The Lightning Network Daemon (LND) is a complete Golang implementation of a BOLT-compliant Lightning Network node developed by Lightning Labs. It can connect to the Lightning Networks deployed on Bitcoin (mainnet, testnet3) and Litecoin (mainnet, testnet4).
LND is open source software under very active development on GitHub: v0.1-alpha was released on January 11th 2017; v0.5-beta was released on September 18th 2018; v0.6-beta is expected in Spring 2019.

Lightning Labs is an active contributor to the BOLT standards and LND strives for compliance with these specifications.

Like all Lightning nodes, LND requires access to information stored in the blockchain in order to manage channels. LND accesses this information by connecting to a backend node that provides access to the chain.
On supported blockchains, LND can use the following full nodes:
These full nodes must be fully synced with a transaction index database (e.g. bitcoind -txindex=1) , which requires a substantial amount of disk space:
  • bitcoin mainnet: 240 GB
  • bitcoin testnet: 28 GB
  • litecoin mainnet: 24 GB
  • litecoin testnet: 2 GB
As a lightweight alternative for mobile and other resource-constrained devices, Lightning Labs is developing a lightweight trust-minimizing privacy-preserving Bitcoin light client called Neutrino. In contrast, Neutrino requires only a few hundred MB of storage. LND ships with Neutrino and can be configured to automatically launch and manage it when LND is started. Neutrino can theoretically run on the Mainnet today if it is able to find btcd full node peers that will serve it compact filters, but due to known money-losing bugs this is strongly discouraged. A mainnet-ready Neutrino is expected later in 2019.

As of February 2019, LND is capable of:
  • Creating channels.
  • Closing channels.
  • Completely managing all channel states (including the exceptional ones!).
  • Maintaining a fully authenticated and validated channel graph.
  • Performing path finding within the network, passively forwarding incoming payments.
  • Sending outgoing onion-encrypted payments through the network.
  • Updating advertised fee schedules.
  • Automatic channel management (aka autopilot)

LND ships with lncli, a tool for controlling LND in the command line. The outputs of lncli commands are often pages and pages of JSON that is hard to read. By using standard Bash tools, you can reprocess this output into something that is more readable.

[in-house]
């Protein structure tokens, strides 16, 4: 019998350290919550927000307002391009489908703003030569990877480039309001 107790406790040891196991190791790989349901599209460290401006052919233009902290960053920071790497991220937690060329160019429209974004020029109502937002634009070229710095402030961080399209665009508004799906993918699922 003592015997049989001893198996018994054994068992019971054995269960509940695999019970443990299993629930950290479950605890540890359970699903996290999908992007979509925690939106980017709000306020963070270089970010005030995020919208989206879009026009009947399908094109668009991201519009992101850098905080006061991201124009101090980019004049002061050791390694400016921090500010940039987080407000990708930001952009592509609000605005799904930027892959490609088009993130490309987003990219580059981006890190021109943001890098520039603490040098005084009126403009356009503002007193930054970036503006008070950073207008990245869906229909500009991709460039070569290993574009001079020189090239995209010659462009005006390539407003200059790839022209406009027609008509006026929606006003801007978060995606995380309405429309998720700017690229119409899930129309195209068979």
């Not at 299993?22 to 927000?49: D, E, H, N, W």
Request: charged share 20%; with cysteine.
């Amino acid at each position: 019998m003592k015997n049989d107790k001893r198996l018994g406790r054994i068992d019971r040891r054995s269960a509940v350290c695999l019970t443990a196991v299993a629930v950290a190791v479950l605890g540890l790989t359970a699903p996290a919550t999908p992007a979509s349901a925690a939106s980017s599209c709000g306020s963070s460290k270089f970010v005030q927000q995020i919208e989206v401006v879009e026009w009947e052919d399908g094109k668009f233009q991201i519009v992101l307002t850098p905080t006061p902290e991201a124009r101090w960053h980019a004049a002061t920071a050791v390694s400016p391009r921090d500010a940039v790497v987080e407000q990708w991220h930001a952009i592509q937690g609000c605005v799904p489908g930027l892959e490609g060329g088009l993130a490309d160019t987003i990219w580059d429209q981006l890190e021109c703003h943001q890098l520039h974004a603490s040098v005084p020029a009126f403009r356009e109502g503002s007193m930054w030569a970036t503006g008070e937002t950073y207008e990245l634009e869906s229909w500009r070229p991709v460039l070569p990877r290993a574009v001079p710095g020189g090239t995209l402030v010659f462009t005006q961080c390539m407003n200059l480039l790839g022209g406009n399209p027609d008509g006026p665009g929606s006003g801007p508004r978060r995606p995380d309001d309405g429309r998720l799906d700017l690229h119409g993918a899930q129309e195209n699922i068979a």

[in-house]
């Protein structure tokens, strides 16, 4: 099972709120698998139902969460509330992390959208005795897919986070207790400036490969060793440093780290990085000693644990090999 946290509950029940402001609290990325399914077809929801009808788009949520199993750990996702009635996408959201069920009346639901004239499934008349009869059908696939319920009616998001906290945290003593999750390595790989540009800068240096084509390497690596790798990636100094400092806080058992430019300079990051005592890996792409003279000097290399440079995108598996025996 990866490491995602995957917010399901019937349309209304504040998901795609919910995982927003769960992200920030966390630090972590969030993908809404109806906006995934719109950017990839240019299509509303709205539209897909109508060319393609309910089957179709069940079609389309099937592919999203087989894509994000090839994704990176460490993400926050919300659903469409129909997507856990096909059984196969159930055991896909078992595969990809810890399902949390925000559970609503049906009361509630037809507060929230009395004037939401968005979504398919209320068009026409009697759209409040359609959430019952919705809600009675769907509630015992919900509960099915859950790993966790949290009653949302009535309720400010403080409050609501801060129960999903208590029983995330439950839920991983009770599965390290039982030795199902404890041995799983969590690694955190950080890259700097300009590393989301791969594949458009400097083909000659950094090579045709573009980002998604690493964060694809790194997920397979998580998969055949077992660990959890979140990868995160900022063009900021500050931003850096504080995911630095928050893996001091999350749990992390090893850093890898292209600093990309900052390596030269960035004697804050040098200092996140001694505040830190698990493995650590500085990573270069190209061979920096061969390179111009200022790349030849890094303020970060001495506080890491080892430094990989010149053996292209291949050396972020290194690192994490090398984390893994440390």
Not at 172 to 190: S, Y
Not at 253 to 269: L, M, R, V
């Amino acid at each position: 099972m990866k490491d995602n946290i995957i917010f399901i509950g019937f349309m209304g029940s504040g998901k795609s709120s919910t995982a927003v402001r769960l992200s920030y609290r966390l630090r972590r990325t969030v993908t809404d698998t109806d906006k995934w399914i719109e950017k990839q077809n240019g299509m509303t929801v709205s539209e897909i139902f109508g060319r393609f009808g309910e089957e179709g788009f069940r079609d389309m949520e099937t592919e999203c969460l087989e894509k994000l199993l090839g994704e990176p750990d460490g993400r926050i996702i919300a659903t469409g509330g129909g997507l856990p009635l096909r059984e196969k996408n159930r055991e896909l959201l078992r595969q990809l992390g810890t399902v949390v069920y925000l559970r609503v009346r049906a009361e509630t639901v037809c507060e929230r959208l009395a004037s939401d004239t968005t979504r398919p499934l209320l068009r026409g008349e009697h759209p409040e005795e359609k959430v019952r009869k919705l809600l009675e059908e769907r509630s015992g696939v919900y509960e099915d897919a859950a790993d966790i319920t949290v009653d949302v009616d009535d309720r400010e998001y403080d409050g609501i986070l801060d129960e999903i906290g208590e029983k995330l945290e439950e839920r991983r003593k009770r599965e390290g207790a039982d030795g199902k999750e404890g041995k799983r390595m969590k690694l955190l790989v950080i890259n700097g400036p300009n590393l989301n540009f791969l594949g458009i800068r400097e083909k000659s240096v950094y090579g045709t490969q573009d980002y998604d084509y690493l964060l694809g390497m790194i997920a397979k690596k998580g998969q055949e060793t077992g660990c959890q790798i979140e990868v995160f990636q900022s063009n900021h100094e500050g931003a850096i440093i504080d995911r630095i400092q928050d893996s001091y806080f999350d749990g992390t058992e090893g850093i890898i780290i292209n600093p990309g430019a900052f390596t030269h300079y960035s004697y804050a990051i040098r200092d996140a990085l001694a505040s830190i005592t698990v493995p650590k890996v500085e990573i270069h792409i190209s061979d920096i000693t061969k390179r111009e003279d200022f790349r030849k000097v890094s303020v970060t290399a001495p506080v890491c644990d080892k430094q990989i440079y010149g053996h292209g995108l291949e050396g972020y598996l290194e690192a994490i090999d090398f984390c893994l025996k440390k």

For these examples, you will need to install a small tool called jq to process the JSON. In Debian/Ubuntu Linux, you can do this with sudo apt install jq.
For instance, to view a table of the payments your node routed in 2019 (use epochconverter to go between Unix epoch time (looks like 1552118735) and normal human time:
$ lncli fwdinghistory --start_time 1546300800 --end_time 9999999999 --max_events 10000000 | jq '.forwarding_events[] | "(.timestamp|tonumber|gmtime|todate) (.amt_out|tonumber) (.fee|tonumber)"' | awk 'BEGIN {printf "%6s %18s %8s %5s\n", "id", "time", "sats", "fee"} {printf "%6s %18s %8s %5s\n", NR, substr($1,2,16), $2, substr($3,1,length($3)-1)}'
id time sats fee
1 2019-01-01T19:28 1000 1
2 2019-01-01T19:28 2000 1
3 2019-01-02T19:39 151 1
4 2019-01-02T23:06 70 1
5 2019-01-02T23:08 151 1
To view a simple table of your channels, including how the channel balance is divided between you and your channel peer and whether your peer is online and the channel is active:
lncli listchannels | jq '.channels[] | ["\(.remote_pubkey) \(.capacity) \(.local_balance) \(.remote_balance) \(.active)"] | @tsv'| awk 'BEGIN {printf "%19s %10s %10s %10s %7s\n", "peer", "capacity", "local", "remote", "active"} {printf "%19s %10s %10s %10s %7s\n", substr($1,2,16)"...", $2, $3, $4, substr($5,1,length($5)-1)}'
peer capacity local remote active
020398acf2628709... 4999823 4737659 258860 true
022decf2837abadd... 5375294 5371990 0 true
023ab7123987213a... 9000000 159998 8836166 true
024832efabc23786... 1000000 497948 498747 true
02438972abcd3966... 1000000 941894 53449 true
0242387974587aba... 1886031 63000 1819195 false

Linux users can build LND from source with Go 1.11+:
go get -d github.com/lightningnetwork/lnd
cd $GOPATH/src/github.com/lightningnetwork/lnd
git checkout v0.5.2-beta
make && make install
For more information, including setting up a Go environment, see the official LND guide:
lnd/INSTALL.md at master · lightningnetwork/lnd
Pierre Rochard has created an LND Node Launcher application for quickly and easily installing a Lightning Network node on Windows and MacOS. Check out this tool and the accompanying installation guide:
GitHub - lightning-power-users/node-launcher: Easiest Bitcoin Lightning desktop app, for Windows, macOS, and Linux
Easiest Bitcoin Lightning Guide!

LND supports a Remote Procedure Call (RPC) interface for interacting with underlying functionality programmatically, methods documented here. To interact with LND over RPC users can use their LND credentials (macaroons and TLS) to authenticate calls into their LND node. Several language-specific (ie. Typescript, Python, Ruby) client implementations have emerged to lower the barrier of developing on LND:
GitHub - RadarTech/lnrpc: A Typescript gRPC client for LND with support for all LND sub-servers
GitHub - willcl-ark/lnd_grpc: A python implementation of the grpc for lnd lightning client
GitHub - ivanacostarubio/lightning_network: Lightning Network in Ruby

  1. 1.
    https://lightning.engineering/ Lightning Labs homepage
  2. 3.
    https://dev.lightning.community/ developer resources for LND including talks, articles, and example applications
  3. 6.
    CEO Elizabeth Stark - Twitter, GitHub
  4. 7.
    CTO Olaoluwa Osuntokun - Twitter, GitHub
Copy link
On this page
Implementation Details
Chainwatcher Backends
Client Capabilities
Bash One-Liners
Developer Resources
RPC client implementations